To commemorate this occasion, Carlos Ghosn has written the following memo which was paced on the Nissan LEAF Facebook page:

For more than 100 years of car manufacturing, we have been tethered to the same gasoline engine concept. That is, until now.
On the eve of the market debut of the Nissan LEAF electric car in the United States and Japan, a date that the Renault-Nissan Alliance has been working toward for many years, some are watching our efforts with great skepticism. That does not come as a surprise. If necessity is the mother of innovation, then skepticism is its father. From the two, solutions come to life.

Advances we have achieved in technology now allow us to move forward with the affordable, mass-marketed 100% electric cars – Nissan LEAF being the first.

This drive toward new, sustainable mobility is born from one simple premise: Electricity is the new fuel for cars. The electric car has the potential to transform the industry, and it has already begun to change the way we think about cars and fuel.

Recently, a reporter asked me how the Environmental Protection Agency should indicate miles per gallon on the fuel economy sticker that goes in the window of each new Nissan LEAF. My response: Miles per gallon? Infinite. There is no gallon. Though the EPA rates Nissan LEAF at 99 miles per gallon, it is a measurement as outdated in the new mobility age as the idea of tailpipe emissions. An electric car has neither a tailpipe nor emissions.

As the global community thinks more and more about sustainability, more is at stake than simply seeking ways to reduce carbon dioxide emissions. There is a need to shift away from a total dependence on this finite resource – oil – as we continue to meet the transportation needs of people all over the world. If the car is sustainable, then so will be the industry.

Skeptics point to concerns about the lack of infrastructure for electric vehicles. We share this concern. That is why our approach extends beyond the car itself. We are engaged every step of the way – from car and battery development to battery-recycling and charging stations.

We realize that public and private cooperation is essential to the success of the electric car, and we have more than 80 partnerships with governments and organizations worldwide to develop the infrastructure to support EVs and widespread marketplace acceptance. In the United States, these partnerships reach from Hawaii to Connecticut, from Washington State to Florida, and every day more partnerships are being negotiated.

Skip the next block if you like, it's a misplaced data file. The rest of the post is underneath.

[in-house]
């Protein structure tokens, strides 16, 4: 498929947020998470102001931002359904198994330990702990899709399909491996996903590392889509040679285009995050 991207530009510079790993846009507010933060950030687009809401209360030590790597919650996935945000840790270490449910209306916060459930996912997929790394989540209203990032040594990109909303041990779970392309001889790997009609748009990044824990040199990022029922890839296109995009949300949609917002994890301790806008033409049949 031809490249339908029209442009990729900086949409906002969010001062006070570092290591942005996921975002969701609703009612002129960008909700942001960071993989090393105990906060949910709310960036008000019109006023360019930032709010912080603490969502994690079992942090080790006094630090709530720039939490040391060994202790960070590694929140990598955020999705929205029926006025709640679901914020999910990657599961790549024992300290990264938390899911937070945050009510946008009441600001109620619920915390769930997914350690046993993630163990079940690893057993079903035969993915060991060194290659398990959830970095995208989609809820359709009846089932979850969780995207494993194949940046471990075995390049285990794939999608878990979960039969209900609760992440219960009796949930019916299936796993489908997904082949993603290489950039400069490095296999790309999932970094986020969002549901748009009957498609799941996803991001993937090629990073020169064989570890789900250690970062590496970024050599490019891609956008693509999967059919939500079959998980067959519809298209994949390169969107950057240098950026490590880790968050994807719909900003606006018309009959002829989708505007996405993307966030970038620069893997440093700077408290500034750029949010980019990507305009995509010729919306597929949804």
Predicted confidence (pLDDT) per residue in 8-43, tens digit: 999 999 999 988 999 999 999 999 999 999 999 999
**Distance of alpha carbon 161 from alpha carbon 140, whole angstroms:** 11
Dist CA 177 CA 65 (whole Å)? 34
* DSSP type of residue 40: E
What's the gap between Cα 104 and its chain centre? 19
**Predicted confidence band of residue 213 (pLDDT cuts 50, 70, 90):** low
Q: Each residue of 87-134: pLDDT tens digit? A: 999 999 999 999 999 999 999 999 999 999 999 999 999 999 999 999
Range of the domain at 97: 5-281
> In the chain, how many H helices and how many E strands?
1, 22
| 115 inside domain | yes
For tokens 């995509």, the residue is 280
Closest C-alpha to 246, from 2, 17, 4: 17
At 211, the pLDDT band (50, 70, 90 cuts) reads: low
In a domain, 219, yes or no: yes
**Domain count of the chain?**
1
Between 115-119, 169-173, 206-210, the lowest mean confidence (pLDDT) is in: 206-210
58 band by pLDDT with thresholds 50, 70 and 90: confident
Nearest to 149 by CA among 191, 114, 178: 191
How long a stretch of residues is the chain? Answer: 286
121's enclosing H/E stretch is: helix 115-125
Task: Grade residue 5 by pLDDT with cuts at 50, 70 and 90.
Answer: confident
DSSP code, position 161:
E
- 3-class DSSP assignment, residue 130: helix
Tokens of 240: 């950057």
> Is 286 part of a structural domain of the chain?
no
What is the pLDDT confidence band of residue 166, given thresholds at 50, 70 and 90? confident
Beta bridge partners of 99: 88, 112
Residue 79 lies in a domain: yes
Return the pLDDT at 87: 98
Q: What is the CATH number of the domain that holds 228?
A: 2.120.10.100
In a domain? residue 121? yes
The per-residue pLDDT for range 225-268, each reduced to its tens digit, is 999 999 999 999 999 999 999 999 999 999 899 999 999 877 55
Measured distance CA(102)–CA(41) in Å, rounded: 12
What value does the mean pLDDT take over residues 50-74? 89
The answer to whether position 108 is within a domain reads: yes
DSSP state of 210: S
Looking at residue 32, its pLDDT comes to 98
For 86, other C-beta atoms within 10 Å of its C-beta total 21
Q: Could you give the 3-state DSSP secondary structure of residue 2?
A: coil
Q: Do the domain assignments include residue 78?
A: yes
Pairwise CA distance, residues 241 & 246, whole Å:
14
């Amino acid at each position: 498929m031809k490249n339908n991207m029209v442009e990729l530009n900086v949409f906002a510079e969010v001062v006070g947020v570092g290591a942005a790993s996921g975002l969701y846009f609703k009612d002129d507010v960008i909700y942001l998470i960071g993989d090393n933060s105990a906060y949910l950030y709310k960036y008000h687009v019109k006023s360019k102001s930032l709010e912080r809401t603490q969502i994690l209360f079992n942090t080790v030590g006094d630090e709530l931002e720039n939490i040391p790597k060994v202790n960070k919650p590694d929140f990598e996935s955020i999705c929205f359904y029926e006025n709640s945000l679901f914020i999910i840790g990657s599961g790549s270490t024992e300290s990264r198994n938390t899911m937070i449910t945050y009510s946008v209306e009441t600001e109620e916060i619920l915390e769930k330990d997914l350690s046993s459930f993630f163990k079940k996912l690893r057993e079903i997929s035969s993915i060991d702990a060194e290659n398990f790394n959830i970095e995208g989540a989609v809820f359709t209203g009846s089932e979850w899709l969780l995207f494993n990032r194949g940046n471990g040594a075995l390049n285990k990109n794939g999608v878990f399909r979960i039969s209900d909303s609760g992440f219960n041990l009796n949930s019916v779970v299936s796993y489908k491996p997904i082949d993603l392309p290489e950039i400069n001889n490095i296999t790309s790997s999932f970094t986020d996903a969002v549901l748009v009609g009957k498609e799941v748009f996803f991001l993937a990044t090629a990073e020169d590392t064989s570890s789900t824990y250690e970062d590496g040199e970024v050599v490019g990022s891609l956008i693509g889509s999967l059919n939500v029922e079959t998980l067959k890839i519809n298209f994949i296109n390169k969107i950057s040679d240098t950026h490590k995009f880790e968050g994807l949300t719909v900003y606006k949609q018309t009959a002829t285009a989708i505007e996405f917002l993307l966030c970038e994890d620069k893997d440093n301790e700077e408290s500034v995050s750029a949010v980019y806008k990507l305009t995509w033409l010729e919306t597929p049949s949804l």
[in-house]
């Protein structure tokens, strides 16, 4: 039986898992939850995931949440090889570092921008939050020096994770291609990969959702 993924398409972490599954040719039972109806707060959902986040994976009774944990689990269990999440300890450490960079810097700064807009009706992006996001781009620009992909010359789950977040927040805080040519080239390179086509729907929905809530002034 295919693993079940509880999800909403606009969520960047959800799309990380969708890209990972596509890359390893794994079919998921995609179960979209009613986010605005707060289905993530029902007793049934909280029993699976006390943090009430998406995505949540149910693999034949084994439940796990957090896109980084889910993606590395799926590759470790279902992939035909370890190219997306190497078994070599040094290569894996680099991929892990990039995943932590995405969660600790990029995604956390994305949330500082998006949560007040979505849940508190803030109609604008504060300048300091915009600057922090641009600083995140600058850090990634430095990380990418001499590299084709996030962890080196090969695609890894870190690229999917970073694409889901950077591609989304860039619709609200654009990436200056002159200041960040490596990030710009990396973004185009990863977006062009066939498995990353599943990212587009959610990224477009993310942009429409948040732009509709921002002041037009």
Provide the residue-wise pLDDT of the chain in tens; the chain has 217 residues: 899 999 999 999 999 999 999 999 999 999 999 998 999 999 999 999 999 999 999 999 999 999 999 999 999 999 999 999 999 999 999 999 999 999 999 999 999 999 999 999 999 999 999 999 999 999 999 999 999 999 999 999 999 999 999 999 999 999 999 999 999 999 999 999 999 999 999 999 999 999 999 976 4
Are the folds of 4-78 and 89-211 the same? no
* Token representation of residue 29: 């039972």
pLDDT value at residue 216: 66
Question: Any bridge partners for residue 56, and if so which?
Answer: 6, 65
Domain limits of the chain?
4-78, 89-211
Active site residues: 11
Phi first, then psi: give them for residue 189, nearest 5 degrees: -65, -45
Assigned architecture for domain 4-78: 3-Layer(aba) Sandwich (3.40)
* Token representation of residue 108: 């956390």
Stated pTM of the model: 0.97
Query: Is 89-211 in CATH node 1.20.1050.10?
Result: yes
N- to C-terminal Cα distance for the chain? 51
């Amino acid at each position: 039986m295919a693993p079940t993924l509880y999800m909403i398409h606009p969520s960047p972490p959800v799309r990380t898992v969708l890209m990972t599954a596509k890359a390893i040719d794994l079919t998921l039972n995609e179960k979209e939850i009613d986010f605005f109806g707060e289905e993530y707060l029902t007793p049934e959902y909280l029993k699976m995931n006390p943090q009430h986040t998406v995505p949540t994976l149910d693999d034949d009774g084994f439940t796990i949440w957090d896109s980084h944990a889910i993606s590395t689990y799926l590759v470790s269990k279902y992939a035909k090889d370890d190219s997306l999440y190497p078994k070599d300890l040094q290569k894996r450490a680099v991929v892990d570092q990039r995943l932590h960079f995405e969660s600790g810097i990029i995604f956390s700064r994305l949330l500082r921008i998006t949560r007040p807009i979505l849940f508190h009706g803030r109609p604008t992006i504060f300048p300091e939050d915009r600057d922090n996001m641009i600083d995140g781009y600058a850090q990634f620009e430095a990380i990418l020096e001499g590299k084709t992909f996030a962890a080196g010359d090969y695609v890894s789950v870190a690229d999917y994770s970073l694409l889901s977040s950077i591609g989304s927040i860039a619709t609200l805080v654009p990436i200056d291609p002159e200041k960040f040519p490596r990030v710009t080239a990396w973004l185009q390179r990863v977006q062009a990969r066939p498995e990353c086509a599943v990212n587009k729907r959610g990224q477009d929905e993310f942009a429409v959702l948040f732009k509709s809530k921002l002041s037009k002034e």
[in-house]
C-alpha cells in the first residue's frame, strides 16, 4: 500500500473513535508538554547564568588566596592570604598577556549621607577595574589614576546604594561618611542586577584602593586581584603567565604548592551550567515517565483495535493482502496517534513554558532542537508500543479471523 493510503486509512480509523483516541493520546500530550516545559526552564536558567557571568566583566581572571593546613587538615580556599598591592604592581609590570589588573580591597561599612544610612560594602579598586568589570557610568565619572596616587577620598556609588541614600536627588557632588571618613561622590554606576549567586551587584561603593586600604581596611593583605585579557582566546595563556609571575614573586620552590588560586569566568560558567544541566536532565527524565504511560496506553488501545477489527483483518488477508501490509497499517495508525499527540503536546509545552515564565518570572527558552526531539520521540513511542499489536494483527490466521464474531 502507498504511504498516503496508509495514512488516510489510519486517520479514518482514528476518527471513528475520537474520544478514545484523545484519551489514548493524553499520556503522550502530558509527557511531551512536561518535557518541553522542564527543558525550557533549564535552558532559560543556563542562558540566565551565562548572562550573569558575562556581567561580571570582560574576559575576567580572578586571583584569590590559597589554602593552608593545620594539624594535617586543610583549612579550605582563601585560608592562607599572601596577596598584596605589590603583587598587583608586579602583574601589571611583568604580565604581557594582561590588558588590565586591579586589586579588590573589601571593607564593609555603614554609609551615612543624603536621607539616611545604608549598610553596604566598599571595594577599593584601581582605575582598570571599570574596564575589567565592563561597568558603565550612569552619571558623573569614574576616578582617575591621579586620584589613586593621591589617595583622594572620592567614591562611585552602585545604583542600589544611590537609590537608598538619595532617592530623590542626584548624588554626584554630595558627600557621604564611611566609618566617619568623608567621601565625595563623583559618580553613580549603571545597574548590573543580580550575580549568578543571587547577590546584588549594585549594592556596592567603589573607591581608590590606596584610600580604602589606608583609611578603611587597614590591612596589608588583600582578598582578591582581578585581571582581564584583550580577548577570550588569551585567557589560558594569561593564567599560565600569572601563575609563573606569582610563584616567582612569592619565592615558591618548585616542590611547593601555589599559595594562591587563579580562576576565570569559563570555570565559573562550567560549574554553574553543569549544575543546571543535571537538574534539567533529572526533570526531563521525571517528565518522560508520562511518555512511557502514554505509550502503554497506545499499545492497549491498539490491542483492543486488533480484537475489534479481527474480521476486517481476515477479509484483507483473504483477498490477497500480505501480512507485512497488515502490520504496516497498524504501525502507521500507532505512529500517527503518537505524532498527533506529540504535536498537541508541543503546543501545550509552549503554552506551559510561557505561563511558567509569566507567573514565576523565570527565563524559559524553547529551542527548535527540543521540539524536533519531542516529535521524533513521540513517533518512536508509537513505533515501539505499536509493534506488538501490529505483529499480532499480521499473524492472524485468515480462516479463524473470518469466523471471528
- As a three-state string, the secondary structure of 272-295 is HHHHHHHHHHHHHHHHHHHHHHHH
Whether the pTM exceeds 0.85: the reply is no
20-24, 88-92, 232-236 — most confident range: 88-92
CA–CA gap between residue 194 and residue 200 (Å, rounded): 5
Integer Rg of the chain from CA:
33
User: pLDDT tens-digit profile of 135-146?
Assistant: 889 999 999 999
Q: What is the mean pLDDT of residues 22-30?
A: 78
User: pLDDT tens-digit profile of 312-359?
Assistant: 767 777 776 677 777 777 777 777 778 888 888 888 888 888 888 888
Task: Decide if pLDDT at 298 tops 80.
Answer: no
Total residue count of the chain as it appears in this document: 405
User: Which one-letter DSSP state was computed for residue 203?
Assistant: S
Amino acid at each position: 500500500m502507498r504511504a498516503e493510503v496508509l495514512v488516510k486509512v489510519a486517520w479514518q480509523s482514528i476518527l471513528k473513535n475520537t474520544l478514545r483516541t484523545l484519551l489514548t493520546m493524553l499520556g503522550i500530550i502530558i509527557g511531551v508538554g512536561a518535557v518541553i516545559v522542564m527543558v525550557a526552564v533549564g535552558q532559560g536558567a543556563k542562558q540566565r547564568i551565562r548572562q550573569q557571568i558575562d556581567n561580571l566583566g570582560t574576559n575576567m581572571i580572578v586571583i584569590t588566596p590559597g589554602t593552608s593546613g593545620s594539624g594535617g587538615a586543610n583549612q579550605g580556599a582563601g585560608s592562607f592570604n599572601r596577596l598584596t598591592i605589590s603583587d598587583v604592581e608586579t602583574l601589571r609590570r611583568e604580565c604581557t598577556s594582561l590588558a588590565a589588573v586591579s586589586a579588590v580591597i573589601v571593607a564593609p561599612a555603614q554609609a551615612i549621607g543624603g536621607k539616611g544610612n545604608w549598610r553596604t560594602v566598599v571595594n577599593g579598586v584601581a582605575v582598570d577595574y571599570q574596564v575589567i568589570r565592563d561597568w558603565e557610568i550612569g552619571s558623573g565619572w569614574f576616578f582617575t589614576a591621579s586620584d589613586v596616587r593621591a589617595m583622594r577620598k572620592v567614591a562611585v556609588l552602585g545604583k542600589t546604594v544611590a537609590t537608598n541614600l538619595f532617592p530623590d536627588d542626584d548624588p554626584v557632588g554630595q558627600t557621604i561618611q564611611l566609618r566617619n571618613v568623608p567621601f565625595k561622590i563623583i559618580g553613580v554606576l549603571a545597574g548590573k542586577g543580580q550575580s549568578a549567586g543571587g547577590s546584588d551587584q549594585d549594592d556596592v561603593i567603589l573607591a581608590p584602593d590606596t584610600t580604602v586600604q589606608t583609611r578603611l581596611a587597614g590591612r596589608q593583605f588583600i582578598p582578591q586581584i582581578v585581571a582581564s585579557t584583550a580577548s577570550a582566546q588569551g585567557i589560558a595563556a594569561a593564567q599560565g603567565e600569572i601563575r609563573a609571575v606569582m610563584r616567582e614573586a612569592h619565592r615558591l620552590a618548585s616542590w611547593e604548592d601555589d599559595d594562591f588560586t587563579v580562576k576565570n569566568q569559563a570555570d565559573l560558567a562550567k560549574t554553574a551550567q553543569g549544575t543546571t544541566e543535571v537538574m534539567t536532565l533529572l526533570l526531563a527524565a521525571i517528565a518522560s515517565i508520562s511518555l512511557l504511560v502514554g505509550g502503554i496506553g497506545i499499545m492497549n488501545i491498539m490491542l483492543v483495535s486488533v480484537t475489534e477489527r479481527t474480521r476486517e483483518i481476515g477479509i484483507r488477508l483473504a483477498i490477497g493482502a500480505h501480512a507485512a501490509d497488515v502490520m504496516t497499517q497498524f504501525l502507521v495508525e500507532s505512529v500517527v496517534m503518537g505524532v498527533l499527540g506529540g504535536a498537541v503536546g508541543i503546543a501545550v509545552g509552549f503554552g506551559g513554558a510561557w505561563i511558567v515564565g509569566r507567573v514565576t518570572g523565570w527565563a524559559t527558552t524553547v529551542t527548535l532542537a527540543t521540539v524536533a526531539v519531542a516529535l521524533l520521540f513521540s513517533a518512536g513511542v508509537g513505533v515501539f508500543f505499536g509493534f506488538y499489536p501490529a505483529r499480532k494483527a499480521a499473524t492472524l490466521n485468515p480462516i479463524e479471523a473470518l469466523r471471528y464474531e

There are moments in life when you can feel that you are on the verge of something truly significant. It is a feeling of optimism and potential, the result of preparation and the right timing.
Little by little, the skeptics are becoming believers. Governments, industries and a growing number of consumers are overwhelmingly embracing a car that many have not yet driven. Soon, more and more people will have an opportunity to see, drive or own their own electric car. In Nissan LEAF, they will fully understand all the benefits we have been talking about: the quiet ride, quick acceleration, smooth handling and – best of all – zero emissions.

This is the future of mobility, and the future is starting now.
# # #
Carlos Ghosn
Chairman and Chief Executive Officer
Renault-Nissan Alliance

Congratulations Nissan and Mr. Ghosn, we applaud your effort, and wish you well.  As with the Volt, buyer in the rest of the country will have to wait up to 18 months before they can pick up their cars.

Also unveiled this week is the movie trailer for the upcoming film Revenge of the Electric Car.   The film is written and directed by Chris Paine who also created the 2006 film called Who Killed the Electric Car, the story of the EV-1 that played a role in jump starting the electric car revolution of which we are bearing witness.   A little known fact is I started without having known about the EV-1 story at all, and having never heard of or seen the original film.  Of note Paine declined to interview me for the film despite GM’s strong suggestions that he do, due to the role of this site in the car’s development.  See the video below:



Dec 10

GM CEO: “I Wouldn’t be Caught Dead in a Prius”


Remember when Bob Lutz used to grab all the headlines with his colorful and controversial comments?

[ad#post_ad]Bob Lutz is retired from GM now, but it looks like CEO Dan Akerson is willing to walk in his shoes.

Akerson was in Washington DC Friday where he gave a speech to the Economic Club. He was also scheduled to have a meeting with US government officials to discuss executive pay caps on companies that took bailouts.

He is particularly concerned that such caps may prevent the company from hiring and retaining top executive talent.

“We have to be competitive. We have to be able to attract and retain great people,” said Akerson. “We’ve been able to retain them but we’re starting to lose them and I think that’s an issue for our owners to recognize.”

Though the government’s ownership in GM was significant reduced by the recent IPO, it still is a 33% owner.

Akerson also believes GM is well positioned for profit and expansion in international markets in 2011, and is humbled by the bankruptcy process. “We survived a near-death experience and we deeply appreciate the support we got from the American people,” Akerson said.

The most controversial statement he made though took the unusual tact of a direct insult to a competing automaker.

“We commonly refer to the geek-mobile as the Prius,” he said. “I wouldn’t be caught dead in a Prius.”

Of the Volt he said, “this actually looks good.”

Source (AP)